to receive approximately $100,000 per year in retail sales tax revenue. They in in turn agreed to a commercial rate that was 88% higher than the average of other recent contracts, estimated by some to cost business owners as much as $1 million per year—a $900,000 per year loss to residents. Cypress currently has 11,966 residential accounts and 1,109 commercial bins serviced in the city. Based on the approximate ratio of $1 in residential fees for every $5 in commercial fees, over a 10-year period the net effect on rates of the $560,000 should be nominal at only $0.27 per resident per month, and only $1.33 per business per month. Therefore, the City Council should be wary of any claim by a waste disposer that the reimbursement fee requires any significant increase in rate.

The same is true for the purchase of new trucks. All of the new contracts included new trucks including natural gas-drive light weight options as part of the lower rates.

Overall, while the issues seem complex the actual rates have become competitive enough to simply the process. Legal standards and best practices are well understood by the waste disposal companies. As long the City Council votes in an unbiased fashion and does not allow itself to be duped by fee stratagems as what happened in Los Alamitos, they should be able to procure a great new contract for the residents and business of Cypress.

With this we are adding a new title and tag to the system called Viewpoint. Viewpoint articles are opinion pieces written and provided to us by readers that are NOT edited or modified in any way from the authors original content. Please note that we welcome all Viewpoint(s) we only ask that they be written with factual documentation (research or pointers to original source material) provided.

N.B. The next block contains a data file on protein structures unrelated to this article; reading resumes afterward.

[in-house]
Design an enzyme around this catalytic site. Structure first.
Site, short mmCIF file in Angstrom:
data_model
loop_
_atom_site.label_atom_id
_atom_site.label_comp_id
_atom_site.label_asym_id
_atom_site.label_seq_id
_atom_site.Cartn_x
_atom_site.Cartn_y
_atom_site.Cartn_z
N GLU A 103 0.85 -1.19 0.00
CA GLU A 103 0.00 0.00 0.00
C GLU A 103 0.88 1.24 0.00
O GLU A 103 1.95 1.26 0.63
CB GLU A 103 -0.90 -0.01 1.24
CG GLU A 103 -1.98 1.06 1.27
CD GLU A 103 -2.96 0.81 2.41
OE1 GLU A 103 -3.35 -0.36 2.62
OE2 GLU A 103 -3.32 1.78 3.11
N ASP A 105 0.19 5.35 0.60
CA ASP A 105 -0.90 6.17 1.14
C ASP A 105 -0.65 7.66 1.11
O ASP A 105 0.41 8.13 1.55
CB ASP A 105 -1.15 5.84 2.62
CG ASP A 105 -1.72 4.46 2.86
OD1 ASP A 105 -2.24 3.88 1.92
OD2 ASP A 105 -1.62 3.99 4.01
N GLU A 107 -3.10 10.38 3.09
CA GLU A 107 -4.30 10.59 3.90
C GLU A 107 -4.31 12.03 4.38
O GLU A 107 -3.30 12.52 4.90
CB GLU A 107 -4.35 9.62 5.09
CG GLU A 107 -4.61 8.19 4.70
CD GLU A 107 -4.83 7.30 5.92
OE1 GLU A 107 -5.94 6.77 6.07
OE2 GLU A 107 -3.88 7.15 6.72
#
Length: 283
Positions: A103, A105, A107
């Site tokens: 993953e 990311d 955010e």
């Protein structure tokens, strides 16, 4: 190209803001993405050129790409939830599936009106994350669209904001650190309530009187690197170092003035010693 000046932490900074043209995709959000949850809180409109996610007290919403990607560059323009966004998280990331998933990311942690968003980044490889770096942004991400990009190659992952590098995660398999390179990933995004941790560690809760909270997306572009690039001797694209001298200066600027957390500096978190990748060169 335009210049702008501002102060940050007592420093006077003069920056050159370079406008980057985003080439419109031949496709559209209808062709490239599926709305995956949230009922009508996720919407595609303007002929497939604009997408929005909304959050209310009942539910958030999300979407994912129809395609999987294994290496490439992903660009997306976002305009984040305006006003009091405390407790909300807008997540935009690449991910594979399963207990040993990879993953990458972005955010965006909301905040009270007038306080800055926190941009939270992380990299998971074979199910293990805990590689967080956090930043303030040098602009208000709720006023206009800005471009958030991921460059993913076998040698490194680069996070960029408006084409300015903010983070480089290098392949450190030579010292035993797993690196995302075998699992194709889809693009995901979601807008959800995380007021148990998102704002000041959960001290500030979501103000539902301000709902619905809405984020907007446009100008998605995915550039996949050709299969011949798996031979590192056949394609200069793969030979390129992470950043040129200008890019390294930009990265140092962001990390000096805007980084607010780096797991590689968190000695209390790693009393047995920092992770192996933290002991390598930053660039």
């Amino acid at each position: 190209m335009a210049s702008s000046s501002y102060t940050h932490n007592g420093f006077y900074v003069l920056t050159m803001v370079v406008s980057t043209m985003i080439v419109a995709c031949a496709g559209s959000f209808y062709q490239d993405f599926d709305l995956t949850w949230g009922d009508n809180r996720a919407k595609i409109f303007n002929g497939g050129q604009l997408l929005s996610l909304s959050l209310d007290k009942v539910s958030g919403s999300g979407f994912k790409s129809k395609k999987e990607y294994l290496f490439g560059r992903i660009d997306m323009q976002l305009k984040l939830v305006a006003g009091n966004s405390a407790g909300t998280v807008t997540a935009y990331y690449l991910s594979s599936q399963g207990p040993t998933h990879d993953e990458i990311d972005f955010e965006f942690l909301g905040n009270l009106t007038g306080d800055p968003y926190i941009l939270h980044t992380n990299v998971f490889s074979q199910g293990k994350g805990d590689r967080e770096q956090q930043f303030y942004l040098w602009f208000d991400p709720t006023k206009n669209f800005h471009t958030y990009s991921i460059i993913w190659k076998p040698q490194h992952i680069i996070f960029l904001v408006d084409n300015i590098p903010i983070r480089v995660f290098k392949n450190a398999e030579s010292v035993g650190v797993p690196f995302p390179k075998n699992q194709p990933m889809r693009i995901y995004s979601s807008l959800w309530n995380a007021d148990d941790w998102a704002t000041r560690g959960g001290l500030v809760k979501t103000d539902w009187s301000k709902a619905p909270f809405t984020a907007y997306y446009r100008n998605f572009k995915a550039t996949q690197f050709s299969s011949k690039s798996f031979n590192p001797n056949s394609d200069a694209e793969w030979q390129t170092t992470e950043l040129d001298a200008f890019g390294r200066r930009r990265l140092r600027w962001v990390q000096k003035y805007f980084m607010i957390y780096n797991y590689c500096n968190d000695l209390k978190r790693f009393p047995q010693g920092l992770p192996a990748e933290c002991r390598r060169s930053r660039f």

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2 Responses to Cypress Viewpoint: Death, Taxes and Trash

  1. Long Time Cypress resident says:

    Excellent post !! Now, with all the facts on the table, there is no reason why Cypress residents should not get one of the lowest rates in Orange County. Especially when we take into consideration that Cypress residents certainly do not need Green waste picked up every week – every other week is plenty. Further, Recycling should continue to be picked up every OTHER week — this is how we save our roads and conserve our funds.

    Let’s be watching the Cypress City Council to make sure they are doing right by us residents.

  2. Cypress resident speaks out says:

    Re-cap of May 12 Cypress City Council meeting:

    The Good News: Council members Narian & Yarc spoke regarding the frequency of pick-ups – and both agree that it makes better sense to keep Recycling pick-ups to bi-weekly & the same with our new 3rd bin: Green Waste. This will keep our Trash bill lower and probably save the city of Cypress millions of dollars in street repairs over the next few decades. Perhaps other cities throughout southern California will re-think their waste disposal pick-up !!

    The Bad News: Why does Doug Bailey want Cypress residents to pay for 3 bins to be picked up EVERY WEEK? Doug Bailey does not have the best interests of Cypress residents at heart – and this is why we say that: Bailey, who was not at the 2 resident Community meetings, (and we were), states that residents wanted all 3 bins picked up every week.

    The fact of the matter is, our Consultant, Sloan Vasquez (whom Bailey selected) DID NOT INFORM ANY OF US THAT ONE TRUCK TRIP EQUALS OVER 9,000 CAR TRIPS!! Doug Bailey knows we were not informed – however, he continues to make false statements from his Council seat.

    Why does Doug Bailey want Cypress residents to pay for 3 bins to be picked up WEEKLY? Who benefits the most from that deal? What about the huge amount of damage to our Cypress streets from such weight?